Puppet History is a dark comedy edutainment game show hosted by The Professor (Madej), a puppet character who teaches Bergara and a variety of special guests about various events in history as they compete to win the "Coveted Cup of the History Master" by correctly answering multiple-choice questions based on The Professor's lessons.


Class is back in session! After spending years watching Ryan Bergara and Shane Madej on BuzzFeed's Unsolved series, I made sure to follow them over to their own YouTube channel. And my favorite web series on their channel? Puppet History. I imagine that Puppet History is like an AU if Princeton from Avenue Q had pursued a B.A. in History instead of a B.A. English. So far, my favorite episode this season has been José Rizal: The Philippines' Reluctant Revolutionary. I probably would not have known about José Rizal's story, and his contributions to the Philippine Revolution had it not been for The Professor's lesson.


While I do recommend giving Puppet History a shot, especially if you're interested in little-known historical facts and stories and don't mind irreverent humor with a musical number or two thrown in, it's fair warning to note that this show will not be for everyone. It's weird. Like, really weird. Like, why is that blue Elmo constantly screaming about jellybeans and genies level weird. This series is chock-full of inside jokes and callbacks to prior seasons, so I would recommend starting from the beginning if you're new to Puppet History.


DYK? The Professor enjoys jellybeans and carries them around with him in his satchel.




Only Murders in the Building

Creators: John Hoffman & Steve Martin

Cast: Steve Martin, Martin Short, Selena Gomez, Aaron Dominguez, Amy Ryan, Vanessa Aspillaga, Julian Cihi, Jackie Hoffman, Jayne Houdyshell, Nathan Lane & Da’Vine Joy Rudolph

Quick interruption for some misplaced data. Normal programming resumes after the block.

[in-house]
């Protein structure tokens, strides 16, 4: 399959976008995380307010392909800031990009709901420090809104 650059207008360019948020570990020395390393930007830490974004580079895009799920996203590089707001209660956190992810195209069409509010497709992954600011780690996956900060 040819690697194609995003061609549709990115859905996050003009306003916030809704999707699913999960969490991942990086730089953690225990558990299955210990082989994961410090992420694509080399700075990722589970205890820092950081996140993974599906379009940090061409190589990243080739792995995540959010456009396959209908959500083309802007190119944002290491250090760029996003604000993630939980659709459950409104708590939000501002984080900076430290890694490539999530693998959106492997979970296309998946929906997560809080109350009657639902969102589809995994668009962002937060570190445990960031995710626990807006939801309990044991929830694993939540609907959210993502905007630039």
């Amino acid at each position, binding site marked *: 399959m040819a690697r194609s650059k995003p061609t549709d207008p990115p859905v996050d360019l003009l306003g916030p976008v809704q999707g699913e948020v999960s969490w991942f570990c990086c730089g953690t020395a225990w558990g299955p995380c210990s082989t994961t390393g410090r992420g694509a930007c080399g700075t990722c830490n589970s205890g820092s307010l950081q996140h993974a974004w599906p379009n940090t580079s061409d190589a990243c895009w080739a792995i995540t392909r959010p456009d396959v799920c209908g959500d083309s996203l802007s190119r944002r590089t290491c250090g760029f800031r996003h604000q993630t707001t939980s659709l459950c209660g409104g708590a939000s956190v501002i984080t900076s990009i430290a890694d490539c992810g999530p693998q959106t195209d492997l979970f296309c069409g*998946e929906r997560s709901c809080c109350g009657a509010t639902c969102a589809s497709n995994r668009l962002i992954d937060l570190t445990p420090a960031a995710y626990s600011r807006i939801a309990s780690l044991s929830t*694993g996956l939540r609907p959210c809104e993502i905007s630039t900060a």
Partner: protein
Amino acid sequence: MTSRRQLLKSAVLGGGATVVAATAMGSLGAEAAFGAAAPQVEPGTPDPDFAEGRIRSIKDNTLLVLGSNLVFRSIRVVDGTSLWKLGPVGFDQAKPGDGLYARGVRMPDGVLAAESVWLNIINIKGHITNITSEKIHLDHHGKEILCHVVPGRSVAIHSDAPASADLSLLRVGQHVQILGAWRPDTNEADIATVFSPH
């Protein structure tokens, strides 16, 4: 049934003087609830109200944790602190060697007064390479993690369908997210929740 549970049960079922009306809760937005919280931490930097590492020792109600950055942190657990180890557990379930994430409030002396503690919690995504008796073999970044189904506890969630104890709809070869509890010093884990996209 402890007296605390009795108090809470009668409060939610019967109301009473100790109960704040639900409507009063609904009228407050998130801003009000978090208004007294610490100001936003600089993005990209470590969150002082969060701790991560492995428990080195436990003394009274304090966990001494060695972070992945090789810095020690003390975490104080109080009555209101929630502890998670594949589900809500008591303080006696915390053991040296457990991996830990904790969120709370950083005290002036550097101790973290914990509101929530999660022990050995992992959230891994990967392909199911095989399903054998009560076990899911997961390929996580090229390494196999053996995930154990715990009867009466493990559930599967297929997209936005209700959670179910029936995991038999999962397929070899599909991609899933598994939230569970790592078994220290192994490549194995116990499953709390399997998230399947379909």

Where to Watch: Hulu


Only Murders in the Building follows three strangers, played by Steve Martin, Martin Short, and Selena Gomez, who share an obsession with a true-crime podcast. After a murder in their building, the three neighbors decide to start their own show that covers their investigation of the murder.


Growing up on a steady diet of Murder She Wrote, as well as every iteration of Law and Order, CSI, and NCIS (honestly, why are there so many?), detective stories and true crime are kind of in my blood. And, with the popularity of podcasts like Serial, Small Town Dicks, My Favorite Murder, and Suspect, it's entirely plausible that a group of strangers would band together after a murder in their building to document their own investigation of the murder.

That's what you get with Only Murders in the Building, starring an unlikely trio like Martin, Short, and Gomez. Martin and Short? Always a classic combo. But adding Selena Gomez to the mix is a pleasant surprise—I wasn't terribly familiar with her acting work going into OMitB, but I think she's a great addition to the main cast and grounds Martin and Short's washed up, 1980s detective drama T.V. star and micromanaging, down-on-his-luck Broadway director.